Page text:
NEW YORK (Fortune) -
Patrick Byrne, the 42-year-old CEO of online retail liquidator Overstock.com, is under growing pressure to deliver numbers that prove his business will make money.
Certainly the third-quarter results, announced on Friday, Oct. 28, did not help his cause. Once again Overstock.com (Research) lost far more than analysts were expecting.
"Q3 was rough. My bad," Byrne said. He added, "Some will criticize me for taking my eye off the ball to pursue a jihad." The story of his jihad is one that is full of passion and includes heroes of the little guy, evil doers, conspiracy and accusations of illegal activity.
Even hardened denizens of Wall Street were shocked by a conference call that Byrne held on Aug. 12. "I want to get something off my chest," Byrne announced. Then he launched into a rant about a "miscreants ball" in which he mentioned hedge funds, journalists, investigators, trial lawyers, the SEC, Eliot Spitzer, and a conspiracy led by a character he calls the "Sith Lord."
The day before that August conference call, his company and one of its shareholders filed a lawsuit against a well-known hedge fund and short-selling firm called Rocker Partners; its two top executives, David Rocker and Marc Cohodes; and a research firm called Gradient Analytics, along with its two founders.
In the lawsuit, Overstock alleges that the defendants "orchestrated a wide-scale predatory campaign of knowingly distributing false, and covertly biased, written reports about Overstock in order to disparage Overstock and enrich themselves." All the parties named in the lawsuit deny any wrongdoing, and David Rocker says he is preparing a dismissal motion and countersuit.
Perhaps nothing illuminates the growing strangeness surrounding Overstock better than an incident involving an Overstock senior vice president named Stormy Simon. Through the gossip mill, David Rocker heard that she was unhappy. So he got word to her that she should call him. She wasn't planning on complaining, but Byrne wanted to see what Simon could learn -- he had heard that former employees were being paid to divulge information about Overstock.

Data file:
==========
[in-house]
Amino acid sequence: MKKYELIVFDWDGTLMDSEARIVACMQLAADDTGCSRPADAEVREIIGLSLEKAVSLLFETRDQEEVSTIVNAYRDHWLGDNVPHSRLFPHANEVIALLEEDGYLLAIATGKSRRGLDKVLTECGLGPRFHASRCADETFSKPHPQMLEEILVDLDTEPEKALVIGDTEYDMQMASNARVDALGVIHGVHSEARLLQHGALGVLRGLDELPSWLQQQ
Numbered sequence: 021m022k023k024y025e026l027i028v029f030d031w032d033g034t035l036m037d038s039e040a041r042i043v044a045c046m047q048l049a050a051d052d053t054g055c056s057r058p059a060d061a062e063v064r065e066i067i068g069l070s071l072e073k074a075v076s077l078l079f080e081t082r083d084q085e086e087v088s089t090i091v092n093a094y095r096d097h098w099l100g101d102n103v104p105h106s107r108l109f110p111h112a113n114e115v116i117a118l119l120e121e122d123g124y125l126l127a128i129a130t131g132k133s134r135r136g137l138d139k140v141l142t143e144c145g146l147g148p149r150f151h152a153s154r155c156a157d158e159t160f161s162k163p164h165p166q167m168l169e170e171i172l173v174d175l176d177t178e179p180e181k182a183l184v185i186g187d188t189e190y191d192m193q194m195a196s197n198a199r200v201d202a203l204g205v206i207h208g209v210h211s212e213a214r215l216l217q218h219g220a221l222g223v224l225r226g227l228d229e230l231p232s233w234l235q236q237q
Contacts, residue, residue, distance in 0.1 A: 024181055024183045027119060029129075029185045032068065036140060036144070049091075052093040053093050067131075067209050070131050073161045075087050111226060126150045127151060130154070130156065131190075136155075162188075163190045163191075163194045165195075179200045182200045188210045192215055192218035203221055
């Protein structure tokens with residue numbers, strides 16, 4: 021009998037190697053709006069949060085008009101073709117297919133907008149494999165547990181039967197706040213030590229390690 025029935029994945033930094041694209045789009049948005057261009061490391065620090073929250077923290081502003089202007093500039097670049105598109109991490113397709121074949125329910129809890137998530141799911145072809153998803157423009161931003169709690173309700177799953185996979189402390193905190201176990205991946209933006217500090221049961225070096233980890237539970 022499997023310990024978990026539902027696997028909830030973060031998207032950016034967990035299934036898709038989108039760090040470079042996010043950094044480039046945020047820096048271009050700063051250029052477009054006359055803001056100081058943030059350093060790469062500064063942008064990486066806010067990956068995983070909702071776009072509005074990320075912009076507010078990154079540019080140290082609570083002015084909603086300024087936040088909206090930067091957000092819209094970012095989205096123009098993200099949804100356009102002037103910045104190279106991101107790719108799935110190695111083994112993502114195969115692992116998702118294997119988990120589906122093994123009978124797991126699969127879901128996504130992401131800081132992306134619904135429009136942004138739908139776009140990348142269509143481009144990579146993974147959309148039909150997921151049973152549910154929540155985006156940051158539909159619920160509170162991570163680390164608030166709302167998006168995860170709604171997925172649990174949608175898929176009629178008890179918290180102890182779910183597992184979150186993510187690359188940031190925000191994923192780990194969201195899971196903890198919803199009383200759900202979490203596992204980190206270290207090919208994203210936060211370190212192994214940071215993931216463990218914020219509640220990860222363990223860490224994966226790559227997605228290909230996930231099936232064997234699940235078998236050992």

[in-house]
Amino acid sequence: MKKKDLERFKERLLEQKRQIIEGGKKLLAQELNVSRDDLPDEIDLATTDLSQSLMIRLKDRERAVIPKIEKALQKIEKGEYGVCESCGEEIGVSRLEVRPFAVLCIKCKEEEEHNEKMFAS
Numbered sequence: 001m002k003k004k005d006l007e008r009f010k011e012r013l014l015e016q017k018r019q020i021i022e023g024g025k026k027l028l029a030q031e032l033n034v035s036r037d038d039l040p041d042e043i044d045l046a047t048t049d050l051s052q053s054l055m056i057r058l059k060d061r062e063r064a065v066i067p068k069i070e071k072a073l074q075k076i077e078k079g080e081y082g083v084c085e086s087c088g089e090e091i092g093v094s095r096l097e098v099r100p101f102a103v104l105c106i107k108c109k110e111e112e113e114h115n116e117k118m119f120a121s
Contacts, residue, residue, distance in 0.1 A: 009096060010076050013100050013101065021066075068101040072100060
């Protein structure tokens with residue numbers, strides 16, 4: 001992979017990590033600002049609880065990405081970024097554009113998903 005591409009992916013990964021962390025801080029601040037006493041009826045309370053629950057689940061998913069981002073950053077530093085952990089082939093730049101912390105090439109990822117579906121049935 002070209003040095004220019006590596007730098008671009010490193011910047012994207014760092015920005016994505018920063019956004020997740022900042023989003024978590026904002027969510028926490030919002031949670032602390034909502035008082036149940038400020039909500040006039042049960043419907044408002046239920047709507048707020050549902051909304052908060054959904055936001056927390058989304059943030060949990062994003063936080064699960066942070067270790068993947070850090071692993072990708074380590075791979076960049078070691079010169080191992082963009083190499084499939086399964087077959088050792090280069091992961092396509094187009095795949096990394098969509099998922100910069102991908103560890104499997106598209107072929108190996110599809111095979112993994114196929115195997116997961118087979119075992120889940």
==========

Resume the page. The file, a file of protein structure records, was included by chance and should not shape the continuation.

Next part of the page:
Simon's phone rang while she was in her office in Salt Lake City with Byrne. She put Rocker on the speakerphone so that Byrne could listen and told Rocker that she was in Philadelphia, close to his New Jersey office.
They agreed to meet the following morning -- she had to take the redeye to Newark to make the appointment. Simon told Rocker that she could "sink Byrne, I can sink his ship today." ("She showed him some thigh," Byrne says.)
Rocker wasn't sure whether to believe her. He told her that if she had valid concerns, she should get a lawyer and should take them to the SEC.
While some disparage Byrne's campaign against his perceived enemies, it has made him something of a hero to those who believe that short-sellers are predators who destroy companies through innuendo, bullying, political connections -- and sometimes through a practice known as "naked shorting," which involves a truly black-box part of the market.
Ordinarily, when someone wants to short a stock, he is required by law to borrow actual securities first. In naked shorting a short-seller registers a trade without actually borrowing the shares. In theory this means that there is no limit on the pressure a short-seller could apply to a stock. The practice is illegal in most cases.
Byrne says he's not out to save just himself, or even his company, but the entire system. As he wrote on a Motley Fool message board: "For many months I have gone to bed knowing somewhere in America there is a grandmother eating dog food tonight so that some ass ... on Wall Street can drive a new Porsche." (You can follow the story by logging on to Motley Fool's Overstock message board, and the blogs by Mark Cuban, Bob O'Brien and Jeff Matthews.)
Byrne's support comes from various fronts. His board does not waver. "He is a business genius," says John Fisher. "The board loves Patrick," says his father who is also chairman. A group called the National Coalition Against Naked Shorting, or NCANS (www.ncans.net), has rallied around him.
Attorney John O'Quinn, who made his name winning billions for the state of Texas from the tobacco companies, claims that naked shorting has bankrupted many companies. His firm has filed more than two dozen lawsuits against Wall Street firms in seven states.
Naked short-selling makes for great conspiracy theories because it is so difficult to disprove -- in fact, many on Wall Street agree that it happens to some degree.
But there are two old maxims on the Street: One, you can't destroy a fundamentally healthy company through market manipulation -- push the stock low enough, and someone will step in and buy it. And two, if a company begins to complain about short-sellers, watch out, because something else is very wrong.
Whatever the result of the lawsuits and accusations, the fourth quarter, which includes the all-important holiday season, will be another moment of proof.
Click here for the full Fortune story on Overstock.
Is Overstock the new Amazon? Click here.
Confused about short-selling? Click here.